In addition to eliminating additional tasks that can cut into productivity, the cab-mounted receiver with the 3D-MCMAX system gives the dozer operator an unobstructed view of what’s ahead.

“We’ve been using 3D-MCMAX on our dozers for more than a year and have found it to be very user friendly—simple to install and operate,” states John Loudermilk, owner / president, Loudermilk Contracting, Vincennes, IN. “The system is very fast, which helps us complete work sooner.”

The cab-mounted GX-55 control box features integrated LED light bars, a graphical interface and data processor, which are designed to guide the machine operator to maintain grade. The control-box software captures as-built data for volume and productivity reporting.

As part of the Topcon 3D-MCMAX system, the MC-R3 is an interchangeable receiver with integrated boards for GNSS, radio, and controller to receive RTK corrections, as well as drive valves of the machine.

Mounted on the cab of the machine, is the Topcon-patented Fence-technology MC-G3 receiver/antenna. By arranging the receiver pins in an array or “fence” along patch edges, it increases the effective frequency bandwidth of the antenna. The MC-G3 antenna captures all available GNSS satellite signals, while identifying and rejecting signal noise thus, maximizing grading control.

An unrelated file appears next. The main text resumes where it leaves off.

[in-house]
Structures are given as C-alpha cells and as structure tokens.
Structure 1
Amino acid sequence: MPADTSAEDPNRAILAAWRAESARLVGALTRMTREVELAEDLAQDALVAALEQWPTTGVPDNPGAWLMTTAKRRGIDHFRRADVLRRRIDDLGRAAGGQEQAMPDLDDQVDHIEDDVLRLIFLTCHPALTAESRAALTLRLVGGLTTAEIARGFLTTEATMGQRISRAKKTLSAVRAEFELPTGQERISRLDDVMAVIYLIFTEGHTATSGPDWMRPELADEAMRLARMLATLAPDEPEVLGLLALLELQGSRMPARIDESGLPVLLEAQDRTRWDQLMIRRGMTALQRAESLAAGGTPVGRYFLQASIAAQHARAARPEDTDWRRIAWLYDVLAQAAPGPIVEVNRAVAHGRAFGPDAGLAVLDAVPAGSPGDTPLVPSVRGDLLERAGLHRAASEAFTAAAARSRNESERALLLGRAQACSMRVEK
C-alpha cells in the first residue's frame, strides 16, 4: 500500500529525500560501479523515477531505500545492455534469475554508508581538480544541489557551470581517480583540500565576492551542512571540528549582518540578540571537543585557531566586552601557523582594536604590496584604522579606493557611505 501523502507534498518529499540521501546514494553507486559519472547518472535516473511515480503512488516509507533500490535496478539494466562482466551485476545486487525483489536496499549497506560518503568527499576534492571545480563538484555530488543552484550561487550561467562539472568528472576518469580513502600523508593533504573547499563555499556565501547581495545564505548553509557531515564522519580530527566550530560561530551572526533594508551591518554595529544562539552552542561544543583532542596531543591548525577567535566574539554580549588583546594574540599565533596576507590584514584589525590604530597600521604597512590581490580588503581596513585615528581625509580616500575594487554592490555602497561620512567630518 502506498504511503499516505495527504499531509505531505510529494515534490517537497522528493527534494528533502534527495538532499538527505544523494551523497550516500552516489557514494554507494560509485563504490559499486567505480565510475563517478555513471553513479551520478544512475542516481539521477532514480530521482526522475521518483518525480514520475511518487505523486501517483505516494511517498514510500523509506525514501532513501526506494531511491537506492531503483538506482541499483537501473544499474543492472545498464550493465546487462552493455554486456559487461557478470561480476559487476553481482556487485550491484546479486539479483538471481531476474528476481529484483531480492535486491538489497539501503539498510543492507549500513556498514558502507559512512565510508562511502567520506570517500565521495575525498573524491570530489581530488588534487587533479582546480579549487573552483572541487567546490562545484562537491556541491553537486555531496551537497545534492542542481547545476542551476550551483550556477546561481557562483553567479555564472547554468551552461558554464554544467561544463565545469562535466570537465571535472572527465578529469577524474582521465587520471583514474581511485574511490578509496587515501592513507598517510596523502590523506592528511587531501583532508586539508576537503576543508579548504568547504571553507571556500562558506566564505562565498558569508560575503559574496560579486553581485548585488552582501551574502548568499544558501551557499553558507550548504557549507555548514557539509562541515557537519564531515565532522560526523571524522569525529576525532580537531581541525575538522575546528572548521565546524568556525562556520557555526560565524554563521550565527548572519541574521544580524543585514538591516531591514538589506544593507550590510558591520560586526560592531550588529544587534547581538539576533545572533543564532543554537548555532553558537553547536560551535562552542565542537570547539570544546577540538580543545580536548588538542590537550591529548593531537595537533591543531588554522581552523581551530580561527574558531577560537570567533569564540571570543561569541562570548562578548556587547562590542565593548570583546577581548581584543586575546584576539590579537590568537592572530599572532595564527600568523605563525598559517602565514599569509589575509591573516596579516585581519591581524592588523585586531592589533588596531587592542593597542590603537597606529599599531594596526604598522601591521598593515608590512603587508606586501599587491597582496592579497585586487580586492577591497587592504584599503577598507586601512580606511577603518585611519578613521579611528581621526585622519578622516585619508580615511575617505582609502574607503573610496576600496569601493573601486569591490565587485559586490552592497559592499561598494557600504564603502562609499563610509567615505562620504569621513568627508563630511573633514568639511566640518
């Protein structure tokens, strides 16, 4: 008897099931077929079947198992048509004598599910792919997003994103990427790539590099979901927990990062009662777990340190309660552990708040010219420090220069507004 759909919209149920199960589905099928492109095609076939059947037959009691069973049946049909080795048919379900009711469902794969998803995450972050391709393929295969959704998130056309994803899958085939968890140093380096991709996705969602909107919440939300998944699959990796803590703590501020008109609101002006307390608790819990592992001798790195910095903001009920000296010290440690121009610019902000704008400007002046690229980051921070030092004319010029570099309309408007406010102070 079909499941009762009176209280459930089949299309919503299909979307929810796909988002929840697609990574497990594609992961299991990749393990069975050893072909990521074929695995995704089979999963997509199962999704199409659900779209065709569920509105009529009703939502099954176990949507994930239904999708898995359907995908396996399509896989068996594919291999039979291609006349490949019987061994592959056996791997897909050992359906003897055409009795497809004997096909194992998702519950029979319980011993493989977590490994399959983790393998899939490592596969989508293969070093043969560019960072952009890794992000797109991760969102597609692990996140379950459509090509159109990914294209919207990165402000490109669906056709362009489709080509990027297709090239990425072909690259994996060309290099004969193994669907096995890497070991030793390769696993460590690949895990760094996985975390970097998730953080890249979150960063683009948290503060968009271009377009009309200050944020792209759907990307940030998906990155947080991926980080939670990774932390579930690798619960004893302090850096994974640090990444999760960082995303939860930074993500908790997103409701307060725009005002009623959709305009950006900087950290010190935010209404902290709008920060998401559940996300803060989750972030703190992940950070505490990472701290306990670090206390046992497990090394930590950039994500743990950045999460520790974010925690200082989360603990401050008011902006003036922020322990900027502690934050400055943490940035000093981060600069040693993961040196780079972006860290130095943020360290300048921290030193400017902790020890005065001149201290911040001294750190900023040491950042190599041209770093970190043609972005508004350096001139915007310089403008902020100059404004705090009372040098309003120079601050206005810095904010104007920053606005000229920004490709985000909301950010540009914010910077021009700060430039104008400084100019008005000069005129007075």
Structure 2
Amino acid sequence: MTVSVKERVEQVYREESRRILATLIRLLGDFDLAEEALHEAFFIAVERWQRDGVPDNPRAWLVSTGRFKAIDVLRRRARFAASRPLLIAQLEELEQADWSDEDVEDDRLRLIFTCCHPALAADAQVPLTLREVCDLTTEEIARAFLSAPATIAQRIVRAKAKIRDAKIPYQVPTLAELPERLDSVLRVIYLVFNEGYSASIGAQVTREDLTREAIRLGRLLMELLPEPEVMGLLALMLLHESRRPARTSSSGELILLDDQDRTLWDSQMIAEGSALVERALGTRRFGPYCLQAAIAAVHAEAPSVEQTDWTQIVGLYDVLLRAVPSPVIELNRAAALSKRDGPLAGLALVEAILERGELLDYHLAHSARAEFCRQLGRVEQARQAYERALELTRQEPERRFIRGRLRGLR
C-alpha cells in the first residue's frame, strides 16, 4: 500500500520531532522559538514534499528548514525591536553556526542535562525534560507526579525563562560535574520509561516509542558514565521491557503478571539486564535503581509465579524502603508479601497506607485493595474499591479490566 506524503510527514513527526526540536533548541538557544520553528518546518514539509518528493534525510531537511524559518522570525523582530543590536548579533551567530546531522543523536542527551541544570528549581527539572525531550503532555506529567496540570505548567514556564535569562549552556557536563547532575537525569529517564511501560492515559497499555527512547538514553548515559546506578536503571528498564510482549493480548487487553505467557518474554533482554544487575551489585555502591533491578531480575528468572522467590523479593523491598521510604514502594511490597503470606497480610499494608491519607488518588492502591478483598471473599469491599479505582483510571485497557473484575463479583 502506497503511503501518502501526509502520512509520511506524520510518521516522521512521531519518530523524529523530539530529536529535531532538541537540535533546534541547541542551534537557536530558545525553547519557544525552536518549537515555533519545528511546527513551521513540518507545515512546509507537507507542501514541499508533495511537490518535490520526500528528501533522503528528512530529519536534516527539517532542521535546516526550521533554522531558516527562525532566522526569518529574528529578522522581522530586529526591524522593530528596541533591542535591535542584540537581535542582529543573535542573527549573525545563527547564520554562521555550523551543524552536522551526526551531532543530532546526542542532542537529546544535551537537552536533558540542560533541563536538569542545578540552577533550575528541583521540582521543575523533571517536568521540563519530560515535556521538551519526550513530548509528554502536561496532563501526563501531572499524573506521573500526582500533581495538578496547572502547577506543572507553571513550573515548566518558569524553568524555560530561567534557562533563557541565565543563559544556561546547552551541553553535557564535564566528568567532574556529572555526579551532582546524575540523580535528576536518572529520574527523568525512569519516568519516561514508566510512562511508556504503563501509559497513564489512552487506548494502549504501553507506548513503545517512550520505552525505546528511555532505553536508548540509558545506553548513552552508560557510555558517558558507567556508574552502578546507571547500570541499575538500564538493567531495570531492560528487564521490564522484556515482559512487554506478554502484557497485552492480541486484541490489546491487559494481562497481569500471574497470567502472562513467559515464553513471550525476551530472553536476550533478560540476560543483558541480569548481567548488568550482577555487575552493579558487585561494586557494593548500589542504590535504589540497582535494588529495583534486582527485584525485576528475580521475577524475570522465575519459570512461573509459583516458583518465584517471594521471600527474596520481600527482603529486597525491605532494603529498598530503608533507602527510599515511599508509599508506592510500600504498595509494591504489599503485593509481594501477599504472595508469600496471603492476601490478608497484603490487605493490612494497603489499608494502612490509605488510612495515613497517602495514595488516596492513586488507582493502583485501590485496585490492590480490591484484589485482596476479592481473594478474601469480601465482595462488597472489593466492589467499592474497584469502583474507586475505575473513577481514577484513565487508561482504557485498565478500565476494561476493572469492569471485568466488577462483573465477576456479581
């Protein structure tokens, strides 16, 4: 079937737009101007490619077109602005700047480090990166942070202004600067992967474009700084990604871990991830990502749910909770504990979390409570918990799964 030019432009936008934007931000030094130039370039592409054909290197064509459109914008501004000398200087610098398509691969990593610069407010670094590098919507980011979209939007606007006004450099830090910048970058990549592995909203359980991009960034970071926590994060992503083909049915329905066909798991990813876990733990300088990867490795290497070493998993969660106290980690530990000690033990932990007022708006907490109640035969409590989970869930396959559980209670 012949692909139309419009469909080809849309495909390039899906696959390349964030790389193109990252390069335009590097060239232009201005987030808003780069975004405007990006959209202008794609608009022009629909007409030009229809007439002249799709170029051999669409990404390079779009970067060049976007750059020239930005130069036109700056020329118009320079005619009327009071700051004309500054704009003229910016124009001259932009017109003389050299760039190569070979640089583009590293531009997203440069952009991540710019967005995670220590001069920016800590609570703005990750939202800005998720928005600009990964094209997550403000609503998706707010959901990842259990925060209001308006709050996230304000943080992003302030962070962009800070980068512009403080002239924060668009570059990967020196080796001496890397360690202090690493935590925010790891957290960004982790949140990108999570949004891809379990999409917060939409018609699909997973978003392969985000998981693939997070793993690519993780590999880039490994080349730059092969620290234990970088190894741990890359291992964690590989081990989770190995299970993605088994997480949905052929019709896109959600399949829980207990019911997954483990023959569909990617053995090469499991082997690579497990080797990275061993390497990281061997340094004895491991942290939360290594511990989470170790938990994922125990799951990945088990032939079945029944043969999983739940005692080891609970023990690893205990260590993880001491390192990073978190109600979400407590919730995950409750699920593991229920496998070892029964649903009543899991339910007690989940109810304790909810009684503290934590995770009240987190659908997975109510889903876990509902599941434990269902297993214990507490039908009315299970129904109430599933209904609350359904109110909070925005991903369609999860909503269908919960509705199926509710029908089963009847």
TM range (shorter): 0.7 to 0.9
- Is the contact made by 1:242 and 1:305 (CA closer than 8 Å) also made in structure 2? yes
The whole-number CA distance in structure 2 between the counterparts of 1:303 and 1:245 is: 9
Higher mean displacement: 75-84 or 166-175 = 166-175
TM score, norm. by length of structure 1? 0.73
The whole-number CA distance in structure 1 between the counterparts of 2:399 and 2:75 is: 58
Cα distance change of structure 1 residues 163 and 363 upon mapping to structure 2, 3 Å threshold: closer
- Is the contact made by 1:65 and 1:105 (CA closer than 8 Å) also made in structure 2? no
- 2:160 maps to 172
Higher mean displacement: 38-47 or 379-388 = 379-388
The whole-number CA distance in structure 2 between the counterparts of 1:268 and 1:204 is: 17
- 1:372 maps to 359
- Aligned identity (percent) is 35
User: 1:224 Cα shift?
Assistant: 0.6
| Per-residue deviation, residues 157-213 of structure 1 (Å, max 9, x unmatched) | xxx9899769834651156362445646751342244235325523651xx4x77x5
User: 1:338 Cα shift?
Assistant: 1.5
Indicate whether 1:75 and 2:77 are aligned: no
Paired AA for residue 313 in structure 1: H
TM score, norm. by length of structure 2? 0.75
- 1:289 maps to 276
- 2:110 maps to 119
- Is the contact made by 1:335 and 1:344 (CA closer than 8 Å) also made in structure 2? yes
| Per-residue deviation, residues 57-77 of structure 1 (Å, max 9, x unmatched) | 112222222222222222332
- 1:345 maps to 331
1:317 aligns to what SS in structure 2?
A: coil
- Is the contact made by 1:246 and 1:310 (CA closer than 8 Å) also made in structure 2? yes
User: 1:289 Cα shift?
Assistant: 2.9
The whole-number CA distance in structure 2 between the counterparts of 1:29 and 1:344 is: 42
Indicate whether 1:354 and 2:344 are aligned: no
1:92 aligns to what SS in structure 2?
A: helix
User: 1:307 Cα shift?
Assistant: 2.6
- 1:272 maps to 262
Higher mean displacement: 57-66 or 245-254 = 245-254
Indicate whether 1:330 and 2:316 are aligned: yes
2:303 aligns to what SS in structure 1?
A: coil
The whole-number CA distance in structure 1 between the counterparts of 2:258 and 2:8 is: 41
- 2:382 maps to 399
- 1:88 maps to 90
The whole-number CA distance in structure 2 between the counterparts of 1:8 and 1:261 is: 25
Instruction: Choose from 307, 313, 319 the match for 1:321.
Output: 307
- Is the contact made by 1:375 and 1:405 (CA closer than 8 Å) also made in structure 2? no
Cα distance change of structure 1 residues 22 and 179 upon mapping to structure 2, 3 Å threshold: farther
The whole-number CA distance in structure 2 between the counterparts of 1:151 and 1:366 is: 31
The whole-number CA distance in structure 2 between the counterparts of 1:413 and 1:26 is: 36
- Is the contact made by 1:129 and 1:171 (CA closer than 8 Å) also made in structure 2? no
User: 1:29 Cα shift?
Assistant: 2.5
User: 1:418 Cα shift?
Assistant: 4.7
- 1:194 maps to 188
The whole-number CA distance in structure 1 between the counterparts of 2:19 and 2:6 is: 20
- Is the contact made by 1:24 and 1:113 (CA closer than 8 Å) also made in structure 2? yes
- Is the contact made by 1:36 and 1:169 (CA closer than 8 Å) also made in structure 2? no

In conclusion, the dual IMU sensors and new, unique algorithms deliver an integrated solution that locates the sensitive GNSS technology safely inside the cab instead of out on the harsh environment of the blade mounted on a receiver mast.

TRIP Reports: Driving on deficient roads costs Colorado motorists a total of $6.8 billion annually

COLORADO TRANSPORTATION BY THE NUMBERS:

 Meeting the State’s Need for Safe, Smooth and Efficient Mobility

Ten Key Transportation Numbers in Colorado

 

$6.8 billion

Driving on deficient roads costs Colorado motorists a total of $6.8 billion annually in the form of additional vehicle operating costs (VOC), congestion-related delays and traffic crashes.
$1,954 – Co. Springs

$2,162–Denver

$1,396 –Northern Colorado

$1,264-Grand Junction

$1,553 – Pueblo

TRIP has calculated the cost to the average motorist in the state’s largest urban areas in the form of additional VOC, congestion-related delays and traffic crashes. Drivers in the state’s largest urban areas incur annual costs as a result of driving on deficient roads as follows: Colorado Springs, $1,954; Denver, $2,162; Northern Colorado, $1,396; Grand Junction, $1,264; and Pueblo, $1,553.
2,434

487

A total of 2,434 people were killed in Colorado traffic crashes from 2011 to 2015, an average of 487 fatalities annually.
 

22%

10th

20%

Vehicle miles traveled (VMT) in Colorado increased by 22 percent from 2000 to 2015 –from 41.8 billion VMT in 2000 to 51.1 billion VMT in 2015 – the tenth largest increase in the nation during that time. By 2030, vehicle travel in Colorado is projected to increase by another 20 percent.
2 1/2 X The fatality rate on Colorado’s rural roads is two-and-a-half times greater than the fatality rate on all other roads in the state (2.09 fatalities per 100 million VMT vs. 0.83).
 

41%

Forty-one percent of Colorado’s major urban roads are in poor condition. Forty-three percent are in mediocre or fair condition and the remaining 15 percent are in good condition.
$323 Billion Annually, $323 billion in goods are shipped to and from sites in Colorado, mostly by truck.
 

6%